Coming into effect on 1 December 2022, the law applies to all such fraud activities, including the provision of products and services, carried out by national citizens and/or assisted by any overseas organisations or individuals within the territory of China. It also applies to national citizens committing fraud overseas.

In other words, we can expect that PRC citizens who choose to defraud someone outside of Mainland China; or non-PRC citizens, whether on their own account or under the corporate veil, as long as committing fraud within Mainland China, to all be subject to its jurisdiction from December onwards.

“While a better foundation is being paved for tackling telecom and internet fraud, such crimes, with the help of ever-evolving technology and emerging fraud tactics, will not disappear overnight.”

Violation by the Assisting Parties

Targeting the assisting parties, the new law contains provisions which prohibit any individual or organisation from “unlawfully manufacturing, selling, buying, supplying or using” any device or software that plays a part in telecom and online fraud. This may include any technology that enables caller ID spoofing, automatic account-switching systems, and platforms that can send or receive SMS verification codes in bulk.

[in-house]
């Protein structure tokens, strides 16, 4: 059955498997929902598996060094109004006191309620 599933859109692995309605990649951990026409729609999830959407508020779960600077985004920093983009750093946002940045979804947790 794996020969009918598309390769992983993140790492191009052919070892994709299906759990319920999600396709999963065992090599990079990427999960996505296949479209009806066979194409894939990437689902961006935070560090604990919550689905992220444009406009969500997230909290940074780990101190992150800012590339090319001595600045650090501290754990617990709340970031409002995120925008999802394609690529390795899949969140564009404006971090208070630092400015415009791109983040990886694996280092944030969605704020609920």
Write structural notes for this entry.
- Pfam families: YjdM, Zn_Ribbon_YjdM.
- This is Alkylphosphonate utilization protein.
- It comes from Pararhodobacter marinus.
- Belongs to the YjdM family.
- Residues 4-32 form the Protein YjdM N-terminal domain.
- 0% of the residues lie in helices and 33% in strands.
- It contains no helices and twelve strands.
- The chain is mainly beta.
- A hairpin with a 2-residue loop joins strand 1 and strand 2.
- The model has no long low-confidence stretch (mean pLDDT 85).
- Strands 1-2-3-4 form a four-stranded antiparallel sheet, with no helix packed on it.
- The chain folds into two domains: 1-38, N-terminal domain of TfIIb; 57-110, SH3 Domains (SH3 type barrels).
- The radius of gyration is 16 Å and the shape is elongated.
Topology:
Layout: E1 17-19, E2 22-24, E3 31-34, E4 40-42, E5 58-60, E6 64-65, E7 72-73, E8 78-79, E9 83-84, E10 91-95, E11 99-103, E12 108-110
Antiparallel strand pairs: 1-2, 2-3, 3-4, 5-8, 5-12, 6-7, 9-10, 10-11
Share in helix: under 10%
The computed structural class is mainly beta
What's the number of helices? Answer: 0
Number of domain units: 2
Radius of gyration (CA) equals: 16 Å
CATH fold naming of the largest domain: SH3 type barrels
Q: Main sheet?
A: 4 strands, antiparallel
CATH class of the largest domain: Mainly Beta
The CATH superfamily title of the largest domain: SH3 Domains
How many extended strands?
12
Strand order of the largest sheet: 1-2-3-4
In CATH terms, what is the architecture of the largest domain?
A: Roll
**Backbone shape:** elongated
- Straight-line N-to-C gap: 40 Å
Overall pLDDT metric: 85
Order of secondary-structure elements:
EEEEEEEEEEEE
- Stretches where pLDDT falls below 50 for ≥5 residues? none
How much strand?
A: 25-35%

Recognising that overseas fraudsters depend primarily on SIM cards, banks and other payment accounts, the law also outlaws a range of activities, such as participating in unlawful trade, assisting with real-name verification, and opening cards or accounts via impersonation. These activities per se would be deemed to violate the new regulations even without any involvement in fraud cases.

Exit Ban on Fraudsters

Another highlight of the new law would be the imposition of exit bans on those who travel to overseas hotspot regions and are strongly suspected of engaging in telecom and online fraud abroad. Once they are convicted of telecom and online fraud, police officials may also forbid them from leaving the country for 6 months up to 3 years after the service of sentences.

System of Early Warning and Dissuasion